Camp officials are not the only ones who sexually exploit displaced underage girls. This barbaric behavior is also perpetuated among older female IDPs who are too old to catch the attention of male camp staff. These women pimp these girls for food and other needs that they benefit from. Sadly, these girls have accepted this insanity as a part of life that cannot be avoided. How tragic!
Do the authorities intend to address these issues of violations of human rights in IDP camps? The government is failing to take enough steps to protect women and girls in refugee situations. The Nigerian Senate promised in 2018 to investigate sexual assault claims made against aid workers in IDP camps. Unfortunately, the cycle is still active after over four years of inaction. It is clear that the Nigerian government is not interested in solving these problems. If they claim they are doing something to stop these violations, then it is not enough to protect women and girls and ensure that perpetrators of these violations against them will face punishment. Local laws do not alone ensure children’s right to protection from abuse. Nigeria adopted the United Nations Treaty on the Rights of the Child in 1991. It ratified Additional Protocol I to the convention, this contains Article 77, which lays out specific guidelines for treating and protecting IDPs. Furthermore, women and girls have the right to bodily integrity, security, and freedom from torture or degrading treatment under the Universal Declaration of Human Rights and the Convention on the Elimination of All Forms of Discrimination Against Women (CEDAW), both of which Nigeria has ratified. Nigeria is therefore required by law to respect and protect its residents.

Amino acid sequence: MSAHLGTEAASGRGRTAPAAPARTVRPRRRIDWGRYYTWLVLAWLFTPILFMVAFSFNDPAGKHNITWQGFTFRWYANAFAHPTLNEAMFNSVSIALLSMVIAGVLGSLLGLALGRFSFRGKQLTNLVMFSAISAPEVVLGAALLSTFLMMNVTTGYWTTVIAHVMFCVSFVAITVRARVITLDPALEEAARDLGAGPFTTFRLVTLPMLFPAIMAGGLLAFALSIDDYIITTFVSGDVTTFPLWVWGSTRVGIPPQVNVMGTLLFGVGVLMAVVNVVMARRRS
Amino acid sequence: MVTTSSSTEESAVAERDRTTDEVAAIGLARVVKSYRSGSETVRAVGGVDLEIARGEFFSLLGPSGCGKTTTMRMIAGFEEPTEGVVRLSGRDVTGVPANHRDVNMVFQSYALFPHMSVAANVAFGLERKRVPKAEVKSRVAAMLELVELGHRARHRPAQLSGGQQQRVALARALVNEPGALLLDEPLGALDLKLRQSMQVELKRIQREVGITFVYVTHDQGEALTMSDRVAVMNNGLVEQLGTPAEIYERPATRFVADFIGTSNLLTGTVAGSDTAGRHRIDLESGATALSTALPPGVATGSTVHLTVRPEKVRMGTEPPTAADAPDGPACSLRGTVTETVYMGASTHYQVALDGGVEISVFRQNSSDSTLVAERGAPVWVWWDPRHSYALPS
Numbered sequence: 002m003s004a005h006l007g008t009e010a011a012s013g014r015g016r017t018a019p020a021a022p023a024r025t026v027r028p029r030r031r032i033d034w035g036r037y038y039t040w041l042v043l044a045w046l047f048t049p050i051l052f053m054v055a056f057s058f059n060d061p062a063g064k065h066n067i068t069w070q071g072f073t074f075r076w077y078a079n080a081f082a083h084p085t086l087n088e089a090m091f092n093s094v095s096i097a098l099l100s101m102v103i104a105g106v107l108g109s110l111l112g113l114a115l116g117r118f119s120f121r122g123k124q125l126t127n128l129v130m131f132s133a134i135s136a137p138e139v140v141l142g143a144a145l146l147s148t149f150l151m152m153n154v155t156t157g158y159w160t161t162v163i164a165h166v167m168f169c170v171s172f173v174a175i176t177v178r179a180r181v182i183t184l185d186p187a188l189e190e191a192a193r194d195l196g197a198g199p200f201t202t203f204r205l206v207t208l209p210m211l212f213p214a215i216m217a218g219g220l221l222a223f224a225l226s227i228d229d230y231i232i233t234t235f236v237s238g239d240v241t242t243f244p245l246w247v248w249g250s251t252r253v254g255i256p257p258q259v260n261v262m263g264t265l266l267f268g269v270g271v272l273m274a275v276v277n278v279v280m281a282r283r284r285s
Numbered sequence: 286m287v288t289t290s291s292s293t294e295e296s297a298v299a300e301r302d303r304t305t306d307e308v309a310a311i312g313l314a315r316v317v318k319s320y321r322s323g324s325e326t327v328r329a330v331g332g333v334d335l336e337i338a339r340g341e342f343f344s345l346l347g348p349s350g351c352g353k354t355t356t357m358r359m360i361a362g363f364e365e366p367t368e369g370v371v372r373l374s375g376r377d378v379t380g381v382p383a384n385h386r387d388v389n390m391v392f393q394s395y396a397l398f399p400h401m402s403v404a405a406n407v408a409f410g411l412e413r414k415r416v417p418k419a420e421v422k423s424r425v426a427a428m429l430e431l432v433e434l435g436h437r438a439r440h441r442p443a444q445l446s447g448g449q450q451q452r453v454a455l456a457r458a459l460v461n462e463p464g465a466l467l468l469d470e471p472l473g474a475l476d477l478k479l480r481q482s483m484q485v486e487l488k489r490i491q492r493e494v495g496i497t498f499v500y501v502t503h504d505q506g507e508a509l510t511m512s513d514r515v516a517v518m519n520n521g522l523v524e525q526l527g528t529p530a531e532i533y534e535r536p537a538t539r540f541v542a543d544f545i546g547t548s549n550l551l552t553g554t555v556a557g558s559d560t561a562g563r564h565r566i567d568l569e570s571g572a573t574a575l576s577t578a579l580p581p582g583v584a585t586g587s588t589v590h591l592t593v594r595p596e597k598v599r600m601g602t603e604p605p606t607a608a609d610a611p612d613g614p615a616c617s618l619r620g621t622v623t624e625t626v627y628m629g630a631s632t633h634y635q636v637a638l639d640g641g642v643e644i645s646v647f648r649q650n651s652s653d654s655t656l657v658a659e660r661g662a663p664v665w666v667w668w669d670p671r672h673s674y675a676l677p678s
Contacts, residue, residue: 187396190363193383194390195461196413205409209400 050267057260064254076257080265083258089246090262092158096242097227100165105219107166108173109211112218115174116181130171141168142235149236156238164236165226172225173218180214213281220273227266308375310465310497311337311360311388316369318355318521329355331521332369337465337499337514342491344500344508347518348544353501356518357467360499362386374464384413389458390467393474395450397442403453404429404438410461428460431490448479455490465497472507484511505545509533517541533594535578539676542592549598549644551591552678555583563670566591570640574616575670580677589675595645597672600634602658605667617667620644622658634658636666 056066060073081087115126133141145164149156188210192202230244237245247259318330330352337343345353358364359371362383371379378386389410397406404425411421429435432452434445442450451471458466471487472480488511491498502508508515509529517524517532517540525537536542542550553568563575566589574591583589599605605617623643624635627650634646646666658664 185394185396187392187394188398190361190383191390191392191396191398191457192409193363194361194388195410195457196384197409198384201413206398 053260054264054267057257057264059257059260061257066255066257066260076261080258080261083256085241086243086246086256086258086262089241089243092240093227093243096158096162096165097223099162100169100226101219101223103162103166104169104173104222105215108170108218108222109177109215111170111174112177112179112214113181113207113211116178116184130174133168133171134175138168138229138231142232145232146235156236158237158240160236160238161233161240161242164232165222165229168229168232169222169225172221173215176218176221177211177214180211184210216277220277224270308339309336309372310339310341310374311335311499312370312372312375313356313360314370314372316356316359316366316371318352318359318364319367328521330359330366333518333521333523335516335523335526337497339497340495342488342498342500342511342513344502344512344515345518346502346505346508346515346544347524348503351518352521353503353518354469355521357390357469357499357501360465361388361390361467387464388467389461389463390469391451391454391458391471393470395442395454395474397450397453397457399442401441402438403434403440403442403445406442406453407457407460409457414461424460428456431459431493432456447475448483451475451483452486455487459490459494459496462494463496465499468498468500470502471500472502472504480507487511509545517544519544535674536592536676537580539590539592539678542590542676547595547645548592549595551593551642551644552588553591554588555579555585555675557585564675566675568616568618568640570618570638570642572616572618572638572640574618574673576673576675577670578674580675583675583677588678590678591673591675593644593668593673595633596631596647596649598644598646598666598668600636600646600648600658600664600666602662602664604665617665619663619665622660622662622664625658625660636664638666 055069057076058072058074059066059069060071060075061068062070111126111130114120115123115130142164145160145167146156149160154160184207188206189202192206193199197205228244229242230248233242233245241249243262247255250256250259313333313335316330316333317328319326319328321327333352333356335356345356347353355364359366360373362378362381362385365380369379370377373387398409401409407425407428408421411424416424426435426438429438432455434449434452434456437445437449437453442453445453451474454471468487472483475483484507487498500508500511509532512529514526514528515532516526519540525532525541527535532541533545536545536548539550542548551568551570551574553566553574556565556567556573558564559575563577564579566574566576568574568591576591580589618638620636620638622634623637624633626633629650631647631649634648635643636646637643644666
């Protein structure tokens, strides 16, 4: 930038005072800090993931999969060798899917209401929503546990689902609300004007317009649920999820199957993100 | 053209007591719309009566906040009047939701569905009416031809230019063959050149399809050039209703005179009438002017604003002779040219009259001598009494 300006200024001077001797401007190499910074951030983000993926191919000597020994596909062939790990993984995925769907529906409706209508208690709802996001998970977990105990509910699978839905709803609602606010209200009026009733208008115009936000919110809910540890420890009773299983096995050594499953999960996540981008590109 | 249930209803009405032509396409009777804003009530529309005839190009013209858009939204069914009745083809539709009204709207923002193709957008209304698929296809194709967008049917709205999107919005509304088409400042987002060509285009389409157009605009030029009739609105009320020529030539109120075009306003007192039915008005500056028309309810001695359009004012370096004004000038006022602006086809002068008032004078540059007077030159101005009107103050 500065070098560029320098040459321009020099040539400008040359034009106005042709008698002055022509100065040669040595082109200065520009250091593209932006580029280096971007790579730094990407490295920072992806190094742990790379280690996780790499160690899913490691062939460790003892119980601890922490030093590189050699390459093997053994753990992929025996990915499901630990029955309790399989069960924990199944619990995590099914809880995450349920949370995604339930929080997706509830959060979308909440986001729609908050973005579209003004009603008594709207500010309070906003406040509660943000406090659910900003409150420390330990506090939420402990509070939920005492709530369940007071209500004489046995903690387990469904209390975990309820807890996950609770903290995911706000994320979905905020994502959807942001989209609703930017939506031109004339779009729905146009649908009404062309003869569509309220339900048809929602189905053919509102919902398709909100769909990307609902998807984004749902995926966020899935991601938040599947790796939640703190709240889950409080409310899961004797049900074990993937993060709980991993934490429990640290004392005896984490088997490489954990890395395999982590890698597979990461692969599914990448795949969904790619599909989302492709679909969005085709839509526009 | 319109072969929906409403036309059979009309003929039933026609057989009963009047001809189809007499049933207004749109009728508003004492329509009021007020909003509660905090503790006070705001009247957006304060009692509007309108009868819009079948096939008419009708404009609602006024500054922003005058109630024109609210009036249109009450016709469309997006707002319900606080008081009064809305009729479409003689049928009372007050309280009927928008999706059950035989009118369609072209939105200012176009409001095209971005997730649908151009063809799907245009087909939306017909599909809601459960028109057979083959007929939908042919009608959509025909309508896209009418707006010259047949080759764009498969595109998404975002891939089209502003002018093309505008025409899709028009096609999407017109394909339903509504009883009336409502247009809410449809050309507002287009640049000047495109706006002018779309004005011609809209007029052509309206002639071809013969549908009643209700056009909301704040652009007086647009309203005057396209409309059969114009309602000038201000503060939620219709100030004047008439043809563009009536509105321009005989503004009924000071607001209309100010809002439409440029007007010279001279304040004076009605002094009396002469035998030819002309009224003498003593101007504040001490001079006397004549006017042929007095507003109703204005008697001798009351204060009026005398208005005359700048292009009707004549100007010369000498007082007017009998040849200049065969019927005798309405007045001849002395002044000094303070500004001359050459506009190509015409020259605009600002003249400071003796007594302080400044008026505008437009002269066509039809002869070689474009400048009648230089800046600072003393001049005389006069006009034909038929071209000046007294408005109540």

There is an urgent need to establish a safe space free of sexual exploitation and abuse in these camps by making it part of every aid worker’s job to look out for victims of sexual exploitation and abuse by intervening when necessary. Education for internally displaced people is also a necessity. The implication of not being educated is that children/women do not have access to knowing their rights or defending these rights and reporting exploitation. It is also vital to enhance IDPs ‘ sensitization and understanding of sexual abuse and exploitation and how to report such crimes to the proper authorities. Furthermore, victims and witnesses must be protected at all times, especially during investigations.
Matilda Ajibola is currently a graduate student at American University, pursuing a degree in Ethics, Peace, and Human Rights with a major in Human Rights and Social Justice. With her skills in human rights, conflict resolution, peacebuilding, and gender studies, she plans to collaborate with non-governmental organizations and indigenous groups that are dedicated to promoting peace in Nigeria and worldwide.